Etymology
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Words related to worship

worth (adj.)

Old English weorþ "significant, valuable, of value; valued, appreciated, highly thought-of, deserving, meriting; honorable, noble, of high rank; suitable for, proper, fit, capable," from Proto-Germanic *wertha- "toward, opposite," hence "equivalent, worth" (source also of Old Frisian werth, Old Norse verðr, Dutch waard, Old High German werd, German wert, Gothic wairþs "worth, worthy"), which is of uncertain origin. Perhaps a derivative of PIE *wert- "to turn, wind," from root *wer- (2) "to turn, bend." Old Church Slavonic vredu, Lithuanian vertas "worth" are considered to be Germanic loan-words. From c. 1200 as "equivalent to, of the value of, valued at; having importance equal to; equal in power to."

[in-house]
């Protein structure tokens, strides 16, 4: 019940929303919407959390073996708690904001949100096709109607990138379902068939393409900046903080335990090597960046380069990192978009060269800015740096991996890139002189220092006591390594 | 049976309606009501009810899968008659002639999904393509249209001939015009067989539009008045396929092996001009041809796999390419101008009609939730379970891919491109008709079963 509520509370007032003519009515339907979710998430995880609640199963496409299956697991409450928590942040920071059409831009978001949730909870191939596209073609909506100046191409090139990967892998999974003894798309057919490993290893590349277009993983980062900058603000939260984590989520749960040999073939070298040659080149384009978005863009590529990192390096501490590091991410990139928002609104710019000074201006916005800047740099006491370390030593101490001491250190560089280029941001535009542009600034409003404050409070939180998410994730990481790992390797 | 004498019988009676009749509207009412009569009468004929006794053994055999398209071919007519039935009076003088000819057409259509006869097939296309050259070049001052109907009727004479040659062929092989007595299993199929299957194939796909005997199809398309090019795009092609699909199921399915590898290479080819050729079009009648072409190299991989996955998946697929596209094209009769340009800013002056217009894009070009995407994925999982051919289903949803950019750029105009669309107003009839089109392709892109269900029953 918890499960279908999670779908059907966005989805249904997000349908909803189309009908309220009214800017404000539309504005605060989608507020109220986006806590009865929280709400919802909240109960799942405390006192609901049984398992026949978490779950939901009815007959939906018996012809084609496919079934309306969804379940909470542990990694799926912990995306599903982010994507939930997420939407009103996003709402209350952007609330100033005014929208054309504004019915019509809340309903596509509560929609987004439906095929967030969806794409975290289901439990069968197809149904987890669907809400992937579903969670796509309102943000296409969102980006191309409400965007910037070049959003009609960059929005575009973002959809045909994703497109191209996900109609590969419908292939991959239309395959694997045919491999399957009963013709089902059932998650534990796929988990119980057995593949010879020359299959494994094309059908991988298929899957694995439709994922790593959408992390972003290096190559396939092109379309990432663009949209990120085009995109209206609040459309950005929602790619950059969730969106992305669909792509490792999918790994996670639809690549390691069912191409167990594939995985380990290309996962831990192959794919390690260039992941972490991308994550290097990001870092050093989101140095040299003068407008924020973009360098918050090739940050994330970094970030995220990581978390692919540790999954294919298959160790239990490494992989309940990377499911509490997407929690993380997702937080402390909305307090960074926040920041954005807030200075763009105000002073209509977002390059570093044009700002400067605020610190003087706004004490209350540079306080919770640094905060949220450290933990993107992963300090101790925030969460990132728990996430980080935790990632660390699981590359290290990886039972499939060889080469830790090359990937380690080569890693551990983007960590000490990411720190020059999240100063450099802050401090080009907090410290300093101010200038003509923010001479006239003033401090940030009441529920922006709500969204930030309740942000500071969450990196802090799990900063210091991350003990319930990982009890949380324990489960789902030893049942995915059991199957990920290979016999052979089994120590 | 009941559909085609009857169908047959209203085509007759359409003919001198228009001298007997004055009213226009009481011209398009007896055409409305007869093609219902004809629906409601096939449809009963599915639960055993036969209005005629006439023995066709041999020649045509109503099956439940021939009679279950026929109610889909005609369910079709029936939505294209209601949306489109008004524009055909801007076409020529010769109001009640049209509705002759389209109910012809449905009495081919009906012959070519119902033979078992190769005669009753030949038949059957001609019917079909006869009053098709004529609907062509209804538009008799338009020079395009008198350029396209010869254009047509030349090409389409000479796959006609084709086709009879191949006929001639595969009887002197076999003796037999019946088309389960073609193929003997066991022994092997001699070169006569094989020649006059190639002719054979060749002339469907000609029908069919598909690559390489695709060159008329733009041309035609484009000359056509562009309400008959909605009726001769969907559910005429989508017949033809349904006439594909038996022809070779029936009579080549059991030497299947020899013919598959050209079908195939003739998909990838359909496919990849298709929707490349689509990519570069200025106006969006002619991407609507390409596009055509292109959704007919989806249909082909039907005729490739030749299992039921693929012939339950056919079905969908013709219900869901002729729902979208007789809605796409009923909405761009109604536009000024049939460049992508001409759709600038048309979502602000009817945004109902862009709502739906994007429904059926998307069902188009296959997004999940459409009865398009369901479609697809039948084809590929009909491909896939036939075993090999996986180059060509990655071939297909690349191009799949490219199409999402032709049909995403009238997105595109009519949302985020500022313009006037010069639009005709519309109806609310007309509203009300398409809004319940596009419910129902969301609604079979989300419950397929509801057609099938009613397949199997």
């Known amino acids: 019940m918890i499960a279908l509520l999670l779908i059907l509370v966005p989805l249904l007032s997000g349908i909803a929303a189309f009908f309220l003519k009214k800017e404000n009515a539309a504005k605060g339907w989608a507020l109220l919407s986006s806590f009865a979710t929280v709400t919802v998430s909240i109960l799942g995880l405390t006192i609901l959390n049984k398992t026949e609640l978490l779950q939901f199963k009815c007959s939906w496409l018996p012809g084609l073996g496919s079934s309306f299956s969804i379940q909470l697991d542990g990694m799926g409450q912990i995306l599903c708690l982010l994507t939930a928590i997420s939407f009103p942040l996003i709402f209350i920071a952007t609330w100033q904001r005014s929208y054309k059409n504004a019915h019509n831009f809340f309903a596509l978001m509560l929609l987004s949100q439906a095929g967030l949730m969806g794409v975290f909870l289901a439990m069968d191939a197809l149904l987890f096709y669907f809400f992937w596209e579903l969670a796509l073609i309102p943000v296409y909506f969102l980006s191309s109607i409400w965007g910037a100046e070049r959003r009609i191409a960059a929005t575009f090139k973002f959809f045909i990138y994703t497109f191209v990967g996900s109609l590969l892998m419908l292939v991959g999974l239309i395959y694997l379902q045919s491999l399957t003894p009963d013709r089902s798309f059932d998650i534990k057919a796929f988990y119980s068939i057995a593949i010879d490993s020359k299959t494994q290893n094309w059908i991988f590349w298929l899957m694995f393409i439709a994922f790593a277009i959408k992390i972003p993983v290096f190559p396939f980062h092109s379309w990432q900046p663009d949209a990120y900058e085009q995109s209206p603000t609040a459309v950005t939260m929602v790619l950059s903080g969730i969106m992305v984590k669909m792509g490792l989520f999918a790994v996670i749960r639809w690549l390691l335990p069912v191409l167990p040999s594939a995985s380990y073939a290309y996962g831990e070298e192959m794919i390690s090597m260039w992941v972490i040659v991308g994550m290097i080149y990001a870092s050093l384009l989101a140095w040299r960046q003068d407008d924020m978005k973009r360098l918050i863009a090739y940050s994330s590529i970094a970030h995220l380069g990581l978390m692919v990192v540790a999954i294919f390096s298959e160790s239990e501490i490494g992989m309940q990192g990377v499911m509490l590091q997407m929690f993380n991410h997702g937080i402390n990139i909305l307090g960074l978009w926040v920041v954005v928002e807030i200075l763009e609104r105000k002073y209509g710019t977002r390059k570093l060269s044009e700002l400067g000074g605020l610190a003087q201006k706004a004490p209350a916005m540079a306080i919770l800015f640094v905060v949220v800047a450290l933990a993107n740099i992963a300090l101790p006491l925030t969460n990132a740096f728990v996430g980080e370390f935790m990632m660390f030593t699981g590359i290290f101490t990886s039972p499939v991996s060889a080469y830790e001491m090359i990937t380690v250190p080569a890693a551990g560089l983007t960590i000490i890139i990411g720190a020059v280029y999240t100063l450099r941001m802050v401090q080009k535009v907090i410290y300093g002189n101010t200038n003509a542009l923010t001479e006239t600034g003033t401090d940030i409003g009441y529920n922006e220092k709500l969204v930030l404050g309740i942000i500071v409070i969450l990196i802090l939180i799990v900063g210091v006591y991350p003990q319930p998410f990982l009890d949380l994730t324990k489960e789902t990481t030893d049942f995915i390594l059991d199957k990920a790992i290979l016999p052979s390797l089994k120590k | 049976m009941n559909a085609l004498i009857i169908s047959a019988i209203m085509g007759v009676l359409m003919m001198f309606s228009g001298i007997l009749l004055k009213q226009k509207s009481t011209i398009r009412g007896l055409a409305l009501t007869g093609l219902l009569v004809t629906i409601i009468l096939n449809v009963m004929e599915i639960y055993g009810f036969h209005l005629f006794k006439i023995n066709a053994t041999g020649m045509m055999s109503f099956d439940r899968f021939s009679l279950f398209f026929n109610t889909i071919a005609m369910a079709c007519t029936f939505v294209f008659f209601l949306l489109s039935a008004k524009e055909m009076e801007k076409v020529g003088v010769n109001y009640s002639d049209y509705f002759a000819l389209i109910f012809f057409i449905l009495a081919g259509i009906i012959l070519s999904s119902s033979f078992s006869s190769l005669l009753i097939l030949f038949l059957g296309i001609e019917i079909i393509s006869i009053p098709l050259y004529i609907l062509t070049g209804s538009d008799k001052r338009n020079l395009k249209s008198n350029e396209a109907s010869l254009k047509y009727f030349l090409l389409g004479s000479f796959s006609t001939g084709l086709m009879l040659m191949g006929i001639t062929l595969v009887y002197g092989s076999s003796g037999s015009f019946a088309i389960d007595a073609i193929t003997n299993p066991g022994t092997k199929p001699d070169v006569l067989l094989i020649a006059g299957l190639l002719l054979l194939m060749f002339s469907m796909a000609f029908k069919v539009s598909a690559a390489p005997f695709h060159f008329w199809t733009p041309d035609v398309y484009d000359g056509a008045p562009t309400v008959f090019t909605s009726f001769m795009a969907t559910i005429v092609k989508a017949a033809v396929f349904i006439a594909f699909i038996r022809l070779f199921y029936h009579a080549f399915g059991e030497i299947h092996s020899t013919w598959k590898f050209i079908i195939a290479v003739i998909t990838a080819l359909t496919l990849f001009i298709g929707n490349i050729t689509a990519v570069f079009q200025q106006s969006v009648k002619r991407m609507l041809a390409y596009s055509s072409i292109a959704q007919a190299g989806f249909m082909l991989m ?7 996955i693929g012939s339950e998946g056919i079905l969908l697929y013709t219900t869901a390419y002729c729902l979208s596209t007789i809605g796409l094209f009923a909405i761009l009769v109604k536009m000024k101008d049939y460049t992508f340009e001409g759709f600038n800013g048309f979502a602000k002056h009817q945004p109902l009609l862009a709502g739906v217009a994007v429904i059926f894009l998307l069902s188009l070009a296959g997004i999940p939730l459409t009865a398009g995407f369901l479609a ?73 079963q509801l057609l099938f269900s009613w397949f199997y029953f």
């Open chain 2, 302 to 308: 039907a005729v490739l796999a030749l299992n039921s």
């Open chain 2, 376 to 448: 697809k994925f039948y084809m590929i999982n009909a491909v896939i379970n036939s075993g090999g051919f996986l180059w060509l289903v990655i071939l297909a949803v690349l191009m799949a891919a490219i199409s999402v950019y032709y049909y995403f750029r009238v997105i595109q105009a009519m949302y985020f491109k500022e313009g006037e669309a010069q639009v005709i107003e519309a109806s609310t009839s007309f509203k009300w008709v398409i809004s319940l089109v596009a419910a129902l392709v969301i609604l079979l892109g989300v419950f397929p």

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-ship 

word-forming element meaning "quality, condition; act, power, skill; office, position; relation between," Middle English -schipe, from Old English -sciepe, Anglian -scip "state, condition of being," from Proto-Germanic *-skepi- (cognates: Old Norse -skapr, Danish -skab, Old Frisian -skip, Dutch -schap, German -schaft), from *skap- "to create, ordain, appoint," from PIE root *(s)kep-, forming words meaning "to cut, scrape, hack" (see shape (v.)). It often forms abstracts to go with corresponding concretes (friend/friendship, etc.).

worshiper (n.)

late 14c., agent noun from worship (v.).

devil-worship (n.)

"the worship of evil spirits or Satan by incantations intended to propitiate them," 1719; see devil + worship (n.). Related: Devil-worshipping; devil-worshipper.

sun-worship (n.)
1670s, from sun (n.) + worship (n.). Related: Sun-worshipper (1670s in the religious sense; 1941 as "devotee of sun-tanning").